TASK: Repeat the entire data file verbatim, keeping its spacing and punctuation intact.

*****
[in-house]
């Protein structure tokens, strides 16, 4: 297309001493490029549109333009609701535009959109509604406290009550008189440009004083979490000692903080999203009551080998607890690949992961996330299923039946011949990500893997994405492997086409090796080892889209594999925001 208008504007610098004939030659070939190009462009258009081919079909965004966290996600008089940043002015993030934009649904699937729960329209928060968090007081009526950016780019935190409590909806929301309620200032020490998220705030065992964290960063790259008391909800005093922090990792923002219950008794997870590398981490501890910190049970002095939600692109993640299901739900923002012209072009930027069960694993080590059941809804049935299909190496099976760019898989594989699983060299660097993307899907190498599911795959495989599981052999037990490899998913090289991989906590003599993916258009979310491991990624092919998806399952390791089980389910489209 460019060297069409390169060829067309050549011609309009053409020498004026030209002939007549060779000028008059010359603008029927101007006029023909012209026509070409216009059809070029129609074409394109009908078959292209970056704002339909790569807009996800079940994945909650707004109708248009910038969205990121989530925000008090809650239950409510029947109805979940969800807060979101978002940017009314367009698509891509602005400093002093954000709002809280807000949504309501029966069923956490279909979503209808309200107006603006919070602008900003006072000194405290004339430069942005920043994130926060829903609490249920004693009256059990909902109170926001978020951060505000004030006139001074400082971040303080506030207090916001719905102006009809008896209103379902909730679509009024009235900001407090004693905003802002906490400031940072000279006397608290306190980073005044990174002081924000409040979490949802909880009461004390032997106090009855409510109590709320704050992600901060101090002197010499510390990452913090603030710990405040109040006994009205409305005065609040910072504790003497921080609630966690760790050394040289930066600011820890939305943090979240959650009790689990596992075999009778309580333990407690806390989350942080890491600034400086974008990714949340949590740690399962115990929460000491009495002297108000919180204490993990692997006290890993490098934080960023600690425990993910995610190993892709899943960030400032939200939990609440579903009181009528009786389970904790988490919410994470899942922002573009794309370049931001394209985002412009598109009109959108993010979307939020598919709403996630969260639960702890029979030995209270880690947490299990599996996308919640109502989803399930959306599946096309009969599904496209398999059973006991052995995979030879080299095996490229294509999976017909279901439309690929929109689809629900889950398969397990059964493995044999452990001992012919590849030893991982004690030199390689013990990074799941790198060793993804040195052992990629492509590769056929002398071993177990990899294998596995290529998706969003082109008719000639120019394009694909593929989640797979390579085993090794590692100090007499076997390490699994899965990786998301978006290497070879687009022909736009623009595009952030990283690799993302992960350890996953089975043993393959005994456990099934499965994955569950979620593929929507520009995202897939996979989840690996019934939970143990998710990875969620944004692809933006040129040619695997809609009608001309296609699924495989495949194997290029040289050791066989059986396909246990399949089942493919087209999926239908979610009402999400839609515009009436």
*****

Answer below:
[in-house]
């Protein structure tokens, strides 16, 4: 297309001493490029549109333009609701535009959109509604406290009550008189440009004083979490000692903080999203009551080998607890690949992961996330299923039946011949990500893997994405492997086409090796080892889209594999925001 208008504007610098004939030659070939190009462009258009081919079909965004966290996600008089940043002015993030934009649904699937729960329209928060968090007081009526950016780019935190409590909806929301309620200032020490998220705030065992964290960063790259008391909800005093922090990792923002219950008794997870590398981490501890910190049970002095939600692109993640299901739900923002012209072009930027069960694993080590059941809804049935299909190496099976760019898989594989699983060299660097993307899907190498599911795959495989599981052999037990490899998913090289991989906590003599993916258009979310491991990624092919998806399952390791089980389910489209 460019060297069409390169060829067309050549011609309009053409020498004026030209002939007549060779000028008059010359603008029927101007006029023909012209026509070409216009059809070029129609074409394109009908078959292209970056704002339909790569807009996800079940994945909650707004109708248009910038969205990121989530925000008090809650239950409510029947109805979940969800807060979101978002940017009314367009698509891509602005400093002093954000709002809280807000949504309501029966069923956490279909979503209808309200107006603006919070602008900003006072000194405290004339430069942005920043994130926060829903609490249920004693009256059990909902109170926001978020951060505000004030006139001074400082971040303080506030207090916001719905102006009809008896209103379902909730679509009024009235900001407090004693905003802002906490400031940072000279006397608290306190980073005044990174002081924000409040979490949802909880009461004390032997106090009855409510109590709320704050992600901060101090002197010499510390990452913090603030710990405040109040006994009205409305005065609040910072504790003497921080609630966690760790050394040289930066600011820890939305943090979240959650009790689990596992075999009778309580333990407690806390989350942080890491600034400086974008990714949340949590740690399962115990929460000491009495002297108000919180204490993990692997006290890993490098934080960023600690425990993910995610190993892709899943960030400032939200939990609440579903009181009528009786389970904790988490919410994470899942922002573009794309370049931001394209985002412009598109009109959108993010979307939020598919709403996630969260639960702890029979030995209270880690947490299990599996996308919640109502989803399930959306599946096309009969599904496209398999059973006991052995995979030879080299095996490229294509999976017909279901439309690929929109689809629900889950398969397990059964493995044999452990001992012919590849030893991982004690030199390689013990990074799941790198060793993804040195052992990629492509590769056929002398071993177990990899294998596995290529998706969003082109008719000639120019394009694909593929989640797979390579085993090794590692100090007499076997390490699994899965990786998301978006290497070879687009022909736009623009595009952030990283690799993302992960350890996953089975043993393959005994456990099934499965994955569950979620593929929507520009995202897939996979989840690996019934939970143990998710990875969620944004692809933006040129040619695997809609009608001309296609699924495989495949194997290029040289050791066989059986396909246990399949089942493919087209999926239908979610009402999400839609515009009436």